British Airways cancelled all overnight stays in Saudi Arabia for its crews yesterday while the Foreign Office advised Britons remaining in the country to tighten security in response to Monday night's suicide bomb attacks.
The airline said crews operating flights between London and Riyadh or Jeddah would stay overnight in Larnaca, Cyprus, which was also used by staff during the Iraq war.
Despite warnings from the Foreign Office that the threat of further attacks remained high, a BA spokeswoman said: "We haven't seen any rush in bookings from people wanting to get out of Saudi Arabia since the attacks. We're fairly busy on the routes, but then we usually are. These are services mainly used by business executives and expatriates."
Most British companies operating in Saudi Arabia, already accustomed to vigilance, took a similar view. "Business as usual means constant security," said a spokesman for GlaxoSmithKline, who added: "Since 11 September, we have had heightened security, which we keep under constant scrutiny and continue to do so."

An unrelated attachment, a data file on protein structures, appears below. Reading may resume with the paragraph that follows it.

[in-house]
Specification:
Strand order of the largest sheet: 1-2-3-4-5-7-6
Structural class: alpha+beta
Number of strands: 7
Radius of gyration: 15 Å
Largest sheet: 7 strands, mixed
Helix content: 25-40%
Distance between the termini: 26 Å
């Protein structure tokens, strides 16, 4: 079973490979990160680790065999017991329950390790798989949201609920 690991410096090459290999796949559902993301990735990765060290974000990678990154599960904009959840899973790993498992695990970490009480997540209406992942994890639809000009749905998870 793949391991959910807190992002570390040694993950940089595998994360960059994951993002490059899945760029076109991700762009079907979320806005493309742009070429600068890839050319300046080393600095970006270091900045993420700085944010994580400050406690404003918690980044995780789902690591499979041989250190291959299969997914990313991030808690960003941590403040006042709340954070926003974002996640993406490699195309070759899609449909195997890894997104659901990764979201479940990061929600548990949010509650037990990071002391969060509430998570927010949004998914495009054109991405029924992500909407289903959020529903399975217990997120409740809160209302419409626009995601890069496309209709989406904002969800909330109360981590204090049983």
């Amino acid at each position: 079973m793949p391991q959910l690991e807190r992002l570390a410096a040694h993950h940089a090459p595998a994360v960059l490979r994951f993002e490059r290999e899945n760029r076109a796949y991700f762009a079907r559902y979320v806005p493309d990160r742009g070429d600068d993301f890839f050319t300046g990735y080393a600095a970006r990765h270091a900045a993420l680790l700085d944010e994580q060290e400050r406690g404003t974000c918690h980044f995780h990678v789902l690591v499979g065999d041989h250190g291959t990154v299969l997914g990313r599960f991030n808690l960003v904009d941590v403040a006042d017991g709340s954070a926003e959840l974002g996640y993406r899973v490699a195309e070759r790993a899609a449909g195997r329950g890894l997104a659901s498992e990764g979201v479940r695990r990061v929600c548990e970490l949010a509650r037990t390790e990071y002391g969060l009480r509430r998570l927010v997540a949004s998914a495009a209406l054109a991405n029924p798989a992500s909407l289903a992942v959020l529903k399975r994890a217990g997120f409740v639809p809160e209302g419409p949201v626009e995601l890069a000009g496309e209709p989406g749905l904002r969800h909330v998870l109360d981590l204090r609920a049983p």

Ian Thomas, of Amec, an engineering company with about 60 British and 2,000 other, predominantly Filipino, staff at a gas separation plant in the east, said: "We have had security measures in place for quite a while and the guys are very aware of the situation."
Some firms, such as Corus, said that all the guidance necessary was being offered to support local staff, but many of the larger companies, including Shell and Exxon, were unwilling to comment on security for staff, stating that all employees had been accounted for, while conceding that communication had been limited.
The Foreign Office advised Britons in Saudi Arabia to increase their security and be careful when visiting tourist spots, such as hotels and restaurants. A statement warned: "Following three suicide bomb attacks in Riyadh on 12 May, there remains a high threat of further large or small-scale attacks against Western interests in Saudi Arabia. Terrorist attacks could involve the use of chemical and biological materials."
Britons have long been warned of the threat of attacks in Saudi Arabia after bombings involving expatriates. As tension grew in the run-up to the Allies' invasion of Iraq, the Government advised against non-essential travel. The advice was revised on 2 May to warn that an attack might be in the "final phases of planning".Reuse content